So much advice about bodybuilding diets is off the mark. There’s no point being diplomatic: much of what you read on weight training and bodybuilding sites about how much protein you need, what supplements you need, how you should eat and why, are just plain wrong. Weight training and bodybuilding nutrition is a science like anything else in the fitness sciences: it’s biology and biochemistry and physiology and it has rules and a base of evidence.
What’s worse is that selling supplements, most of which are not needed, has become such huge business in the commercial weight training and bodybuilding ‘industry’ that it is almost impossible to know if you are getting an objective evaluation of bodybuilding diet and nutrition.
Here's what you need to know about diet and nutrition for weight training and bodybuilding. In fact it’s not all that different from a normal healthy athlete’s diet, except for some emphasis on quantity and meal timing in various training phases. This however, is where the detail becomes very important.
Start with a Healthy Diet
Although various diets like Atkins and South Beach and Ornish have become popular, the general consensus among dietitians and nutritionists is that a healthy diet is somewhat different -- less stringent in requirements and more balanced across the major nutrients. You can see the key recommendations for the general population in Dietary Guidelines for Americans.
Guidelines from other western countries like the UK and Australia are similar.
In summary the recommendations are:
- Eat plenty of fruit and vegetables, whole grains, beans, nuts and seeds; some lean meats, fish, eggs, low-fat dairy products; and mono and polyunsaturated oils
- Limit intake of saturated fat, cholesterol, salt, alcohol and an excess of added sugars and sugary foods
- Drink plenty of water
- Maintain a normal weight
- Exercise regularly.
Recommended dietary intakes or allowances (RDI or RDA) are set by authorities for all essential nutrients – protein, fat, carbohydrate and vitamins and minerals.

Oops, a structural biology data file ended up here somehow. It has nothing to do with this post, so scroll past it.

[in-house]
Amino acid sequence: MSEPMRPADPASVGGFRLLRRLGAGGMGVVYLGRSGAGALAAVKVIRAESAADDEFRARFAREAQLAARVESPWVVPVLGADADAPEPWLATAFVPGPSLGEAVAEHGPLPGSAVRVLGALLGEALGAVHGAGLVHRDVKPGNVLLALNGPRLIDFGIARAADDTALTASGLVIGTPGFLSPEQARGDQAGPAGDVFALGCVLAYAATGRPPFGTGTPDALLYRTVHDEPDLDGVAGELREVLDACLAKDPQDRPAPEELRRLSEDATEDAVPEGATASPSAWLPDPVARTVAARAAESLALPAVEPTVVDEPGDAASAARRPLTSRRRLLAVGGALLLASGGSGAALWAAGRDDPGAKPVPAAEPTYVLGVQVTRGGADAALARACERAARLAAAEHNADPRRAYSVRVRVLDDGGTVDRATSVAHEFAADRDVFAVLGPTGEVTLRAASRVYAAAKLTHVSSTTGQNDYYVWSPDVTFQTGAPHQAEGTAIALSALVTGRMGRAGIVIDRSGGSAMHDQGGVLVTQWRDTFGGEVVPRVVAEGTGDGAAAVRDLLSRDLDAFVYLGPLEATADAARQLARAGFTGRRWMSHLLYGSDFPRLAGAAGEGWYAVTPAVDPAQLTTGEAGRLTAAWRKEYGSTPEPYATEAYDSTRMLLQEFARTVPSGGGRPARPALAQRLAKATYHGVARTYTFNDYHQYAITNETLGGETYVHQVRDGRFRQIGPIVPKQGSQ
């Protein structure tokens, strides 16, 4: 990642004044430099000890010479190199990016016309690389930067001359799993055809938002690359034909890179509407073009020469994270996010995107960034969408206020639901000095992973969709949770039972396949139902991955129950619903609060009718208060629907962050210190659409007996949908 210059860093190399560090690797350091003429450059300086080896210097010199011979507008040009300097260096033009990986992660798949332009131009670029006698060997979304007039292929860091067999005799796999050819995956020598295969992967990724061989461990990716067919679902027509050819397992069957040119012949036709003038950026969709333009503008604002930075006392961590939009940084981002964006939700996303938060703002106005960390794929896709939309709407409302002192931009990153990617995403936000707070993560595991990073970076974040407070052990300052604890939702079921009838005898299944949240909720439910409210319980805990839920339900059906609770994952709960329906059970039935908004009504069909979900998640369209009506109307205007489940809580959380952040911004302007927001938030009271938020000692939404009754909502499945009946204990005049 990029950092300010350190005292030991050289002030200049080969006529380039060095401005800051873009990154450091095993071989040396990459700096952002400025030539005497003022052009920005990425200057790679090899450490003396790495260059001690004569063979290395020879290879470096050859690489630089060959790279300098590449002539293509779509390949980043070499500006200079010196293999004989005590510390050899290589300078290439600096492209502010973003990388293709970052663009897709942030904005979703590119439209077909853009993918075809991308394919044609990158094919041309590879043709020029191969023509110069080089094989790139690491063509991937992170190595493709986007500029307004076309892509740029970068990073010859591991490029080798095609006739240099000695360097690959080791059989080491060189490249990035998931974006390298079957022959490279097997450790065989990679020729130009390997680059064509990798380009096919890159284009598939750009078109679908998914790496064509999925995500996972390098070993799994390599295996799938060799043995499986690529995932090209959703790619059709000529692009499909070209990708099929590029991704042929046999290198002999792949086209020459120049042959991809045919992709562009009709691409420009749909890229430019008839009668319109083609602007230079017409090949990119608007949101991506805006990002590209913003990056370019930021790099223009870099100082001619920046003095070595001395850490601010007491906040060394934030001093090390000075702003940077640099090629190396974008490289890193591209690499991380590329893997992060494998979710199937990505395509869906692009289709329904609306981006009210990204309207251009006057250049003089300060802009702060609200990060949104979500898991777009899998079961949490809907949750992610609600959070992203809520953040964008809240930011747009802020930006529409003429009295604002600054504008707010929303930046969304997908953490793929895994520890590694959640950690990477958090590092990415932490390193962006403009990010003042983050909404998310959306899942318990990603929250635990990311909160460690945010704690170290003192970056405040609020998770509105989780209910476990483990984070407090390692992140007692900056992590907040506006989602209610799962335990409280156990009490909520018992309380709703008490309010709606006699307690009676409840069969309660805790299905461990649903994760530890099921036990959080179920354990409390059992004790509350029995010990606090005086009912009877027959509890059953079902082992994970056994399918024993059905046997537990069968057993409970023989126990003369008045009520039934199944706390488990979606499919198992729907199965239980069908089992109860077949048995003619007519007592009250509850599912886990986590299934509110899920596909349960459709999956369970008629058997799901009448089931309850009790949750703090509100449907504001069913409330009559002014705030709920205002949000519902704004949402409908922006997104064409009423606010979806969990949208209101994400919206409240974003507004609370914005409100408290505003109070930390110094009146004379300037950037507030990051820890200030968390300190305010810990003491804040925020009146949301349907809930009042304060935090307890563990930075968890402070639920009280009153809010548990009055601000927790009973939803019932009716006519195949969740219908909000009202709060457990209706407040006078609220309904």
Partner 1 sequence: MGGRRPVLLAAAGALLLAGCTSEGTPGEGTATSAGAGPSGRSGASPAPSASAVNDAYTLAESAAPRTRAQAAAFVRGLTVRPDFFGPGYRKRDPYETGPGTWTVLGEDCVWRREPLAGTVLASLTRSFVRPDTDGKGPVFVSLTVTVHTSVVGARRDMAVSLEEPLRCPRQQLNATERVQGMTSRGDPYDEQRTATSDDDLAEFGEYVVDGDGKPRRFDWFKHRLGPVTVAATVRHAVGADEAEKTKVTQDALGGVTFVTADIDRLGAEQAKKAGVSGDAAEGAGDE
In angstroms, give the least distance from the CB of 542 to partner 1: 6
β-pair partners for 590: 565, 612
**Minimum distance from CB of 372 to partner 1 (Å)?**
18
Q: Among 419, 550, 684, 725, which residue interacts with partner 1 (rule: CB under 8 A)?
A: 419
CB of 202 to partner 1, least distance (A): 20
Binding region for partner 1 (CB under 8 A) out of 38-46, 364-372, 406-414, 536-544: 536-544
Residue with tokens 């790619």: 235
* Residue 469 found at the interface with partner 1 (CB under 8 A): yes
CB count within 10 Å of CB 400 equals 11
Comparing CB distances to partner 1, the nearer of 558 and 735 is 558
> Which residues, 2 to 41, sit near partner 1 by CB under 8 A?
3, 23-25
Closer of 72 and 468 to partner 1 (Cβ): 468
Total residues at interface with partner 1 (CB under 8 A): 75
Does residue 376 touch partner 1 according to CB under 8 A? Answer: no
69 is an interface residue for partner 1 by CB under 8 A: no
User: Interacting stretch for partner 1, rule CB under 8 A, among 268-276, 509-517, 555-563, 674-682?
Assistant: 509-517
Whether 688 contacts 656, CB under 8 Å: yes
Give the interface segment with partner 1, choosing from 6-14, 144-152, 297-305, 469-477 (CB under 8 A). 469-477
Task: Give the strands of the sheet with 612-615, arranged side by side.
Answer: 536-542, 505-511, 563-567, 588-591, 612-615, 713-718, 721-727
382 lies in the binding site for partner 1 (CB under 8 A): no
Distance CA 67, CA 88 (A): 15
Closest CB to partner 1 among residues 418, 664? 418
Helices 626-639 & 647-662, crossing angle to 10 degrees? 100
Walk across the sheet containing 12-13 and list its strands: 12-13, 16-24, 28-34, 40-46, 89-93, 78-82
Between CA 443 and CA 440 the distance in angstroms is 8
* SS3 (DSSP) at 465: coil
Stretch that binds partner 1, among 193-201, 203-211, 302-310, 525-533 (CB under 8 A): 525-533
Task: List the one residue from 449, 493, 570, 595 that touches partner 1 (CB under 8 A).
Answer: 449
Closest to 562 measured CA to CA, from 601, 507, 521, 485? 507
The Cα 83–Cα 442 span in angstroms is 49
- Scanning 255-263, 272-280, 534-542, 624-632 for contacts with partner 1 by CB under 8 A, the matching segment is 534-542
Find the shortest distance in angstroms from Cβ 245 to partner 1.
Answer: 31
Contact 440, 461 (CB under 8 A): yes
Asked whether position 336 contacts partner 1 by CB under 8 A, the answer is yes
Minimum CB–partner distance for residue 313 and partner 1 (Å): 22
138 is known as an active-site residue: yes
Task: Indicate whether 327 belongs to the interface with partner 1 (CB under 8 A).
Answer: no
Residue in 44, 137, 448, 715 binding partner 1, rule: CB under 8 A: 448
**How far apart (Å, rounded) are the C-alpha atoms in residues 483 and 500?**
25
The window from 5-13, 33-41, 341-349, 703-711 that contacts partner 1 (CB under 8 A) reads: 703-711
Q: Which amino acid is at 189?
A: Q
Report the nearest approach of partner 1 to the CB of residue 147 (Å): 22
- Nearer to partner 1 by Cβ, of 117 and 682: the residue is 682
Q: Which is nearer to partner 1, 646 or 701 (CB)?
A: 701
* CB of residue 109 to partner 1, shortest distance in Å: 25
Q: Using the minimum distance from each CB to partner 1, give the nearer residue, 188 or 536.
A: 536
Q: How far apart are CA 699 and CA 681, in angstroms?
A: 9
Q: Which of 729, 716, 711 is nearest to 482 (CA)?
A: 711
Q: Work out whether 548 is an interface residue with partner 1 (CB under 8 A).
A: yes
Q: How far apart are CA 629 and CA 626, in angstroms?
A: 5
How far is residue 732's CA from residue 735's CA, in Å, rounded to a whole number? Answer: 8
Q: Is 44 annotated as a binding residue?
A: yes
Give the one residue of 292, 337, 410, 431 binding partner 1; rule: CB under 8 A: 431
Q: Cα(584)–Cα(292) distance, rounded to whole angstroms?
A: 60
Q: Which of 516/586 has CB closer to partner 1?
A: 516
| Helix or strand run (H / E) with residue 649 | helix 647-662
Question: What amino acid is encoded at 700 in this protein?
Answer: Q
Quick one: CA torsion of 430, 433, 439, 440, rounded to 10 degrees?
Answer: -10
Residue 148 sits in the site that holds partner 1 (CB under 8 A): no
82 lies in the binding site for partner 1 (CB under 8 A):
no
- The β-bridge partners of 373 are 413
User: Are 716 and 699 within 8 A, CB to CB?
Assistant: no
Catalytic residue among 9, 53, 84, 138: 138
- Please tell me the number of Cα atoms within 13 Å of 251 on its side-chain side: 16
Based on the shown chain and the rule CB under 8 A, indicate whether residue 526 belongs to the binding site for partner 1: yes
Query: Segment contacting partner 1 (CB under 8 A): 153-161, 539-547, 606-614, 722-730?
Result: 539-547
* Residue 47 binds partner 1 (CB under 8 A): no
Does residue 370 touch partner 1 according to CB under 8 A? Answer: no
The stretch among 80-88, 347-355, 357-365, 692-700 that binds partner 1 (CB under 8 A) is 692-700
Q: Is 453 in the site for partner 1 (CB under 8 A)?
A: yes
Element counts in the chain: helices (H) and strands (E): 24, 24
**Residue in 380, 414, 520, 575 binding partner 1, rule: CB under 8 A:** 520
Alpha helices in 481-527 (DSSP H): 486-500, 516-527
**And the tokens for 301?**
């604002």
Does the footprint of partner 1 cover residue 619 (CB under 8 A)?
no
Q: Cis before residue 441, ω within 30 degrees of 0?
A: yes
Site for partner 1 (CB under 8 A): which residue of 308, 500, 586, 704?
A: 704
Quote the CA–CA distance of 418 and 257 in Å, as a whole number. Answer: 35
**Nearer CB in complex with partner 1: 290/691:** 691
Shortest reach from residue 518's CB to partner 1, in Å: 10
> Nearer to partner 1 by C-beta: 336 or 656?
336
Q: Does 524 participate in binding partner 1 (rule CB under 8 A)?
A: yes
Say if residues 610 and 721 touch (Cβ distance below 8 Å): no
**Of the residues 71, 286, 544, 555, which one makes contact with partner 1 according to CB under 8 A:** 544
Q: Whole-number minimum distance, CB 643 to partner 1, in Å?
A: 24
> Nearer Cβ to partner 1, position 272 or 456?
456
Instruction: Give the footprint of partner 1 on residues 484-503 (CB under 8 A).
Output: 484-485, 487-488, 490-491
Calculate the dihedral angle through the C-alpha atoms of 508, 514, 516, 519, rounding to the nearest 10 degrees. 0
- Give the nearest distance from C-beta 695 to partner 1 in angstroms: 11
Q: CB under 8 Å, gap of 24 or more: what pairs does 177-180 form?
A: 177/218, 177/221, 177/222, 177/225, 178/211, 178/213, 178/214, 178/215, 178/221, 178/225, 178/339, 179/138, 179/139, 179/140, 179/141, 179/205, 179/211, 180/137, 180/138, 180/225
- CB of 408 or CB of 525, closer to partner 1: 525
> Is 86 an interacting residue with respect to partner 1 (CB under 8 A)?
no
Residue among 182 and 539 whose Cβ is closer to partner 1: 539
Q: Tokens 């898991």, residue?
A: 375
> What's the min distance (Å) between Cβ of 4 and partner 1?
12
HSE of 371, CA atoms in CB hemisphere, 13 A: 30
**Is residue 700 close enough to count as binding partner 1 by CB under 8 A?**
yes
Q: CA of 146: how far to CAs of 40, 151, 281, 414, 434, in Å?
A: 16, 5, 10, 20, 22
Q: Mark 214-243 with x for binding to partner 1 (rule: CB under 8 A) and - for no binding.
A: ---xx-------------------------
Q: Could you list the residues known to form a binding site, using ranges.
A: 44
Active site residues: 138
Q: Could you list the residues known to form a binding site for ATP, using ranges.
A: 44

Guidelines and RDIs usually include slightly modified recommendations for men and women, including pregnant women, and adolescents and children. Older adults may also have special requirements and recommended intakes.
Weight Training Nutrition
People who exercise have different requirements to sedentary people because the greater expenditure of energy usually requires a greater intake of food. The more you exercise the more you have to eat to sustain that level of activity to the point where some elite athletes such as Tour de France cyclists need to eat huge quantities of food to sustain their activity. Simple enough, and this also applies to casual exercisers, but it may not apply to you if fat loss is one of the reasons you took up weight training.
Nutrition for weight loss. In this case you need to create an energy deficit; which means that the energy you consume in food is less than the energy you expend in exercise and daily living. Creating a 15 to 20 percent deficit in energy balance should ensure weight loss occurs over time. Your weight training in this case is to assist with fat loss while attempting to maintain muscle.
Yet weight losers need to do the very tricky thing of holding onto muscle and bone while shedding fat. It’s tricky because the body is not used to breaking down tissue like fat and building up muscle at the same time. Breaking down is called catabolism and building up is called anabolism, as in anabolic steroids. This is a contradictory process. See my article How to Burn More Fat for an in-depth look at losing fat.
That’s why weight training is so important in any weight loss regimen: it helps to maintain muscle while you lose fat.
Nutrition for bodybuilding. If you weight train for sports, weight lifting competition, bodybuilding or even as a way to maintain fitness or appearance now that you’ve reached ideal weight, you will probably be more interested in gaining muscle and maintaining low body fat.
The dietary specifics will be different in each case. In this article we’re emphasizing bodybuilding diet and nutrition so let’s take a look at what’s required.
Muscle Building, Bodybuilding Diet
To build extra muscle you need to eat in excess of what you currently eat and to work out with weights on a regular basis. How much muscle you can gain, how quickly and with what definition is largely determined by your genetics and age. But everyone at almost any age should be able to gain some muscle and strength with weight training. Proper nutrition is a crucial element in the muscle building process.
That overeating is not a good idea if you are already overweight is surely something you already know. Get fit first.